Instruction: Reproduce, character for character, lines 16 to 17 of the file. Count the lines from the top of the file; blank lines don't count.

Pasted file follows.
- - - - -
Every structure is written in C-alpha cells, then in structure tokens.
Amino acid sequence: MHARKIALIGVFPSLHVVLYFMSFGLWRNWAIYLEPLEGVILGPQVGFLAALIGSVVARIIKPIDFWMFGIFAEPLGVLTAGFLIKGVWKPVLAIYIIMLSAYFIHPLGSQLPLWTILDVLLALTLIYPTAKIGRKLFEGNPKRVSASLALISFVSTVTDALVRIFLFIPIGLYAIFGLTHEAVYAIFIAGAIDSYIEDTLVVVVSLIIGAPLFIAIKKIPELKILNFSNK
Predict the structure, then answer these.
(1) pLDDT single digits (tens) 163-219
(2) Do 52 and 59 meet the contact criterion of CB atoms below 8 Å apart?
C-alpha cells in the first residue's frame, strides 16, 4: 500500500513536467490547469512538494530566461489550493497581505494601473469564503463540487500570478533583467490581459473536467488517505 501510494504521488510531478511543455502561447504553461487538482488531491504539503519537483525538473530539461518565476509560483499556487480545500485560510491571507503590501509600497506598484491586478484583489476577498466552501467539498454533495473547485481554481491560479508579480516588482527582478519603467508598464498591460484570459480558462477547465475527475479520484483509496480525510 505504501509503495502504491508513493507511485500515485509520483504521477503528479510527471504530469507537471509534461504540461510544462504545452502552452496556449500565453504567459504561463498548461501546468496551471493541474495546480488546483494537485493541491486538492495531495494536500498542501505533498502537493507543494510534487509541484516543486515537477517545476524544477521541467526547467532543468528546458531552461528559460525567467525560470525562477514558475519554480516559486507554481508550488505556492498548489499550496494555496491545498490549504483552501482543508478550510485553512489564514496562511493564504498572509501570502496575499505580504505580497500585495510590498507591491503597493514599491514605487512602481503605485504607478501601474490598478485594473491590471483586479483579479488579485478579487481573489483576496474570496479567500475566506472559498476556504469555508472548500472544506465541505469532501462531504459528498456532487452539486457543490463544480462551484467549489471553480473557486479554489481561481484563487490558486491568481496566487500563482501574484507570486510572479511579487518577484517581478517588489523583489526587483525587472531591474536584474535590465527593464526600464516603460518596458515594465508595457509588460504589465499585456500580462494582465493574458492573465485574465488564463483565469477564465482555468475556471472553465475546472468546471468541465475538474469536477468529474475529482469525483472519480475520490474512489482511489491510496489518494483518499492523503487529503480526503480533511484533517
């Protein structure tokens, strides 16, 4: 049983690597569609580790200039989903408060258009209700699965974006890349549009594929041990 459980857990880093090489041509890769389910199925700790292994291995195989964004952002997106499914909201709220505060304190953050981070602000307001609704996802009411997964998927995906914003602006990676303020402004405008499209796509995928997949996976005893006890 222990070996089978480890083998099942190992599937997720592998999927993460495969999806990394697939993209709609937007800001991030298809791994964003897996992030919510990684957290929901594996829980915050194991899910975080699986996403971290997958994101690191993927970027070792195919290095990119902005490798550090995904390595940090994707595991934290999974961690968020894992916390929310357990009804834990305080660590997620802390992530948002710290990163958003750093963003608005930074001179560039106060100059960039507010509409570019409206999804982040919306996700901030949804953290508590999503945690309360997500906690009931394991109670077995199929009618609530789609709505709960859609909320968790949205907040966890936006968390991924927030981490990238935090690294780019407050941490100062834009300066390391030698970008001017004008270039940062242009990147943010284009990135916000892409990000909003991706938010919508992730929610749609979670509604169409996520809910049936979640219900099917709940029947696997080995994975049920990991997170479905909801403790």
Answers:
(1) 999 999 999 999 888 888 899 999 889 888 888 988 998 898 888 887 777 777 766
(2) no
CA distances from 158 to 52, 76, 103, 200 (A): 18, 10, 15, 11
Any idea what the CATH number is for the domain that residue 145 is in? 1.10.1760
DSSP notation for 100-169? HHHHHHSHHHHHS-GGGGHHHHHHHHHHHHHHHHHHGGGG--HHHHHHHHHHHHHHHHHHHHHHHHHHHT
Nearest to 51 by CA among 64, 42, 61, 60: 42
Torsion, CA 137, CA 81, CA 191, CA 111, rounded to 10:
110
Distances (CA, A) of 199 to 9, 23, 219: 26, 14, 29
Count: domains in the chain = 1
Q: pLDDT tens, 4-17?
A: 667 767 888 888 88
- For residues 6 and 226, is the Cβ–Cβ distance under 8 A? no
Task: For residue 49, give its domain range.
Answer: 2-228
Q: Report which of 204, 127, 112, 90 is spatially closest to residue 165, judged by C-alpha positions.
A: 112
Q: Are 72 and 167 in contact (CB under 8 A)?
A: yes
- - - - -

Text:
110
Distances (CA, A) of 199 to 9, 23, 219: 26, 14, 29